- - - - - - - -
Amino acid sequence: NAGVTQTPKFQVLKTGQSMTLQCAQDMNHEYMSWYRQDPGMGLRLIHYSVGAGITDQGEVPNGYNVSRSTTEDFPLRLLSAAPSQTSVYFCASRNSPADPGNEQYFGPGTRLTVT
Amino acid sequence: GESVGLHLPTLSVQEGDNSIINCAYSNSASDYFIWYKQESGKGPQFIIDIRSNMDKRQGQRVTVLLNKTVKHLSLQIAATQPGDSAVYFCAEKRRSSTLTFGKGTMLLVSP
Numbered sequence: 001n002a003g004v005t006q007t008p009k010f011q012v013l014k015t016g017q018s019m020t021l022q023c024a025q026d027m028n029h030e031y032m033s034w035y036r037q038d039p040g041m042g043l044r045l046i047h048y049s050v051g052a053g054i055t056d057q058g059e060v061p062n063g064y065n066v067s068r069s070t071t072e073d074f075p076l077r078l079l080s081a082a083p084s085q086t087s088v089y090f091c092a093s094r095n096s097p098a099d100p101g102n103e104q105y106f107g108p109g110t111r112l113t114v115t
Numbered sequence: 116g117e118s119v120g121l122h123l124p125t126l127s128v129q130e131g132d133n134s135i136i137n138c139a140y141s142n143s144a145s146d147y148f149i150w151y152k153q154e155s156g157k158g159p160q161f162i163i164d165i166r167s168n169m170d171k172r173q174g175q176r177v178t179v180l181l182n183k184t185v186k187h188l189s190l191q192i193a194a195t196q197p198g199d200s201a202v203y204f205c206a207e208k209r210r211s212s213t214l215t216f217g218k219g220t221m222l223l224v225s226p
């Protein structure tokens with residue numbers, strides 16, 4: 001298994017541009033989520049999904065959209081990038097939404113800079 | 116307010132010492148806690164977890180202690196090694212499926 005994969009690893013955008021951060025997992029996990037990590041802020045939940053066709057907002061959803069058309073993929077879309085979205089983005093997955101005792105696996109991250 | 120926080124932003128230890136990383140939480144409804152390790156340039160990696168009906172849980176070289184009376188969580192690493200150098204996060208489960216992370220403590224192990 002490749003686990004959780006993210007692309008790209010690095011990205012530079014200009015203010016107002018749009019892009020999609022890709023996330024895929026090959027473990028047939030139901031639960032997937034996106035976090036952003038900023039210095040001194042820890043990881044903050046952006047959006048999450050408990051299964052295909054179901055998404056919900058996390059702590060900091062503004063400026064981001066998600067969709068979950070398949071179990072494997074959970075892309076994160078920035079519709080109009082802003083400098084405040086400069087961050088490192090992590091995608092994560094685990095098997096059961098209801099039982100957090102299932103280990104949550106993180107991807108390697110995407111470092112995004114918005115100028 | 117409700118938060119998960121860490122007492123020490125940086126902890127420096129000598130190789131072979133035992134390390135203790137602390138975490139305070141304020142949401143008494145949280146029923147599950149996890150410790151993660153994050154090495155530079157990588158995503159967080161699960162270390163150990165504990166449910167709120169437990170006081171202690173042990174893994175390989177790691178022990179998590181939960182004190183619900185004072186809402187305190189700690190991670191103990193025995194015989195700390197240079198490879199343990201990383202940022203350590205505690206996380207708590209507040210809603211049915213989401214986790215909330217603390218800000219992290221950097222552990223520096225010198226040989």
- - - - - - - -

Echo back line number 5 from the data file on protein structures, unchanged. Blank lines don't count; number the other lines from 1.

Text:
């Protein structure tokens with residue numbers, strides 16, 4: 001298994017541009033989520049999904065959209081990038097939404113800079 | 116307010132010492148806690164977890180202690196090694212499926 005994969009690893013955008021951060025997992029996990037990590041802020045939940053066709057907002061959803069058309073993929077879309085979205089983005093997955101005792105696996109991250 | 120926080124932003128230890136990383140939480144409804152390790156340039160990696168009906172849980176070289184009376188969580192690493200150098204996060208489960216992370220403590224192990 002490749003686990004959780006993210007692309008790209010690095011990205012530079014200009015203010016107002018749009019892009020999609022890709023996330024895929026090959027473990028047939030139901031639960032997937034996106035976090036952003038900023039210095040001194042820890043990881044903050046952006047959006048999450050408990051299964052295909054179901055998404056919900058996390059702590060900091062503004063400026064981001066998600067969709068979950070398949071179990072494997074959970075892309076994160078920035079519709080109009082802003083400098084405040086400069087961050088490192090992590091995608092994560094685990095098997096059961098209801099039982100957090102299932103280990104949550106993180107991807108390697110995407111470092112995004114918005115100028 | 117409700118938060119998960121860490122007492123020490125940086126902890127420096129000598130190789131072979133035992134390390135203790137602390138975490139305070141304020142949401143008494145949280146029923147599950149996890150410790151993660153994050154090495155530079157990588158995503159967080161699960162270390163150990165504990166449910167709120169437990170006081171202690173042990174893994175390989177790691178022990179998590181939960182004190183619900185004072186809402187305190189700690190991670191103990193025995194015989195700390197240079198490879199343990201990383202940022203350590205505690206996380207708590209507040210809603211049915213989401214986790215909330217603390218800000219992290221950097222552990223520096225010198226040989």